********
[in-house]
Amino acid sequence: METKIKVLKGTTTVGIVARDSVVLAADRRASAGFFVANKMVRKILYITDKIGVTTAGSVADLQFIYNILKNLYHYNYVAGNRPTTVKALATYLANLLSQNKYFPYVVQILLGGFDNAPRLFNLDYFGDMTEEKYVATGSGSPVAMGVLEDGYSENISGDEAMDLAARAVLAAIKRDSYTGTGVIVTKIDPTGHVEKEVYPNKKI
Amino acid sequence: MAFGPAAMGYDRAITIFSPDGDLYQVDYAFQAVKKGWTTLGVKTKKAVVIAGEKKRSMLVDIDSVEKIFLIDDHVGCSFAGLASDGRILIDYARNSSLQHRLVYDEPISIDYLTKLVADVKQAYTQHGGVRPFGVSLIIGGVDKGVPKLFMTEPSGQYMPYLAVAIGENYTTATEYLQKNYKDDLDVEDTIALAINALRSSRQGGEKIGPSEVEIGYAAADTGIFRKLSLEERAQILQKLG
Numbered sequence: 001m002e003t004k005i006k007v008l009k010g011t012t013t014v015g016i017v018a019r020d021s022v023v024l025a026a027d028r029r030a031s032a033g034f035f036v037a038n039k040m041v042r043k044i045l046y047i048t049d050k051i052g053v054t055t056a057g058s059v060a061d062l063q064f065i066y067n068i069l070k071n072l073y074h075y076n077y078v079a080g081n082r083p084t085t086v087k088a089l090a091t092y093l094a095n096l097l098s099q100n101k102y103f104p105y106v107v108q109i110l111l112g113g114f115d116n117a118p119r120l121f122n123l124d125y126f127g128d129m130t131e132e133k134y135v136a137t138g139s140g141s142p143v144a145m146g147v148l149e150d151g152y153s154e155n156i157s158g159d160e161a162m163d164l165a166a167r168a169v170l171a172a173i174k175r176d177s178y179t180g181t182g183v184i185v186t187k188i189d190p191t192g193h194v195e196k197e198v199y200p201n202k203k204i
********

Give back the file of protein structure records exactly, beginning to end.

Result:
[in-house]
Amino acid sequence: METKIKVLKGTTTVGIVARDSVVLAADRRASAGFFVANKMVRKILYITDKIGVTTAGSVADLQFIYNILKNLYHYNYVAGNRPTTVKALATYLANLLSQNKYFPYVVQILLGGFDNAPRLFNLDYFGDMTEEKYVATGSGSPVAMGVLEDGYSENISGDEAMDLAARAVLAAIKRDSYTGTGVIVTKIDPTGHVEKEVYPNKKI
Amino acid sequence: MAFGPAAMGYDRAITIFSPDGDLYQVDYAFQAVKKGWTTLGVKTKKAVVIAGEKKRSMLVDIDSVEKIFLIDDHVGCSFAGLASDGRILIDYARNSSLQHRLVYDEPISIDYLTKLVADVKQAYTQHGGVRPFGVSLIIGGVDKGVPKLFMTEPSGQYMPYLAVAIGENYTTATEYLQKNYKDDLDVEDTIALAINALRSSRQGGEKIGPSEVEIGYAAADTGIFRKLSLEERAQILQKLG
Numbered sequence: 001m002e003t004k005i006k007v008l009k010g011t012t013t014v015g016i017v018a019r020d021s022v023v024l025a026a027d028r029r030a031s032a033g034f035f036v037a038n039k040m041v042r043k044i045l046y047i048t049d050k051i052g053v054t055t056a057g058s059v060a061d062l063q064f065i066y067n068i069l070k071n072l073y074h075y076n077y078v079a080g081n082r083p084t085t086v087k088a089l090a091t092y093l094a095n096l097l098s099q100n101k102y103f104p105y106v107v108q109i110l111l112g113g114f115d116n117a118p119r120l121f122n123l124d125y126f127g128d129m130t131e132e133k134y135v136a137t138g139s140g141s142p143v144a145m146g147v148l149e150d151g152y153s154e155n156i157s158g159d160e161a162m163d164l165a166a167r168a169v170l171a172a173i174k175r176d177s178y179t180g181t182g183v184i185v186t187k188i189d190p191t192g193h194v195e196k197e198v199y200p201n202k203k204i